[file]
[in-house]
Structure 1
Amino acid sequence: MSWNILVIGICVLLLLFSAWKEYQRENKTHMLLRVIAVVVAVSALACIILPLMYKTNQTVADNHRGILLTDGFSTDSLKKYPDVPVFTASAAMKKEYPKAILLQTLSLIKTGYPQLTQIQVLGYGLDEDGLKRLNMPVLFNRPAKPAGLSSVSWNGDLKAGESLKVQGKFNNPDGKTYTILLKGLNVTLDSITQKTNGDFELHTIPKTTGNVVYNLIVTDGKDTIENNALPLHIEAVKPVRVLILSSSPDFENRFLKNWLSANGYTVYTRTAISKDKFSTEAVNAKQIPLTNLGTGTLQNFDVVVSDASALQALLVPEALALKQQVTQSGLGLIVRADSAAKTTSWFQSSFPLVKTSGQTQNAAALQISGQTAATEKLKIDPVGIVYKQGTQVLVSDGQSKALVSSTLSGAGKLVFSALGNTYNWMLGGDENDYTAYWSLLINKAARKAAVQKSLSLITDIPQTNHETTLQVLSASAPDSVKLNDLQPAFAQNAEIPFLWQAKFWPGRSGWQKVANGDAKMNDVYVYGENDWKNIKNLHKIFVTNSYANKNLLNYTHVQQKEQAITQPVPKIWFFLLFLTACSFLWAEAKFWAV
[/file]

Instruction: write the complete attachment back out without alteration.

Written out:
[in-house]
Structure 1
Amino acid sequence: MSWNILVIGICVLLLLFSAWKEYQRENKTHMLLRVIAVVVAVSALACIILPLMYKTNQTVADNHRGILLTDGFSTDSLKKYPDVPVFTASAAMKKEYPKAILLQTLSLIKTGYPQLTQIQVLGYGLDEDGLKRLNMPVLFNRPAKPAGLSSVSWNGDLKAGESLKVQGKFNNPDGKTYTILLKGLNVTLDSITQKTNGDFELHTIPKTTGNVVYNLIVTDGKDTIENNALPLHIEAVKPVRVLILSSSPDFENRFLKNWLSANGYTVYTRTAISKDKFSTEAVNAKQIPLTNLGTGTLQNFDVVVSDASALQALLVPEALALKQQVTQSGLGLIVRADSAAKTTSWFQSSFPLVKTSGQTQNAAALQISGQTAATEKLKIDPVGIVYKQGTQVLVSDGQSKALVSSTLSGAGKLVFSALGNTYNWMLGGDENDYTAYWSLLINKAARKAAVQKSLSLITDIPQTNHETTLQVLSASAPDSVKLNDLQPAFAQNAEIPFLWQAKFWPGRSGWQKVANGDAKMNDVYVYGENDWKNIKNLHKIFVTNSYANKNLLNYTHVQQKEQAITQPVPKIWFFLLFLTACSFLWAEAKFWAV